How to ruin your good credit

Indulge in these habits long enough and terrible credit may be just the beginning of your troubles.

Deals and Saving

Shelling out extra for these clothes and products offers big long-term payoffs.  
Save on art and jewelry at auctions and on furniture and travel at bridal expos.  



Fun Pictures

Sargent Schultz I presume.

Nine Prehistoric Species Still Roaming the Earth

dinosaur in city opener photo
Photo via Geekologie
It's been about 65 million years since dinosaurs became extinct -- but a few of the species that shared the world with them still remain. Almost entirely unchanged after hundreds of millions of years, meet the modern-day birds, crabs, fish, and reptiles that that give new meaning to the term "survivor."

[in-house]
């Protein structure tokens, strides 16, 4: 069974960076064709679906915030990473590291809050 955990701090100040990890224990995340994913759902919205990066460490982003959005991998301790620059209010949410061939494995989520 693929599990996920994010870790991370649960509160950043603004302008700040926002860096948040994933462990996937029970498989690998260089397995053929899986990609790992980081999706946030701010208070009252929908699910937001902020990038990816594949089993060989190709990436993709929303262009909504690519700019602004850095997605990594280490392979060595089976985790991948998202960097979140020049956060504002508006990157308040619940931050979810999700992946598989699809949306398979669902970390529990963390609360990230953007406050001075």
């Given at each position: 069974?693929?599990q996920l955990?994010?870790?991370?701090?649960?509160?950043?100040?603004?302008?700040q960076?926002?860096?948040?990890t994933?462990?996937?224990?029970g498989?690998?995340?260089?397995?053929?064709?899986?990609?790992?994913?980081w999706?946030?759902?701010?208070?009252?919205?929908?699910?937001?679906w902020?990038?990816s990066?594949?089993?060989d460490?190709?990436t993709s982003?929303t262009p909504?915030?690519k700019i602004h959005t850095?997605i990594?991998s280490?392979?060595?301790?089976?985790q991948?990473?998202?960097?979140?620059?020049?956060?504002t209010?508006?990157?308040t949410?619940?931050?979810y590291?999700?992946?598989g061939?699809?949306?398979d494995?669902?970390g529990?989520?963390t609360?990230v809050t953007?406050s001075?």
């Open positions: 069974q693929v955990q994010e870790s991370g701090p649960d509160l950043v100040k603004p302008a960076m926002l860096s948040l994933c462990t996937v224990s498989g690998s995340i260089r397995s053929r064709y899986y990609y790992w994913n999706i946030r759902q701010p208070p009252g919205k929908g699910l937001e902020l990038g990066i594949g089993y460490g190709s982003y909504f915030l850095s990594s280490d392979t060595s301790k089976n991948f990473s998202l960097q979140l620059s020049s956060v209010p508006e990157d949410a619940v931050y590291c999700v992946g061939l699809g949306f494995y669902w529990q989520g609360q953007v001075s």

9 Prehistoric Species Still Roaming the Earth slideshow

Rare Pink Hippopotamus Photographed In Kenya

British wildlife photographers Will and Matt Burrard-Lucas captured this image of the brightly colored hippo in the Masai Mara, Kenya. Visiting the African country on the hunt to photograph the legendary wildebeest migration the brothers were in for a treat when rumours of a pink hippo surfaced.

The hippo is pink because it is 'leucistic' [a condition characterized by reduced pigmentation in animals and humans], and not an albino since it does have some pigmented spots and dark eyes. Usually leucistic and albino animals do not survive in the wild as they are very visible to predators and they get serious sunburn.

Trained monkeys guard athletes at Commonwealth Games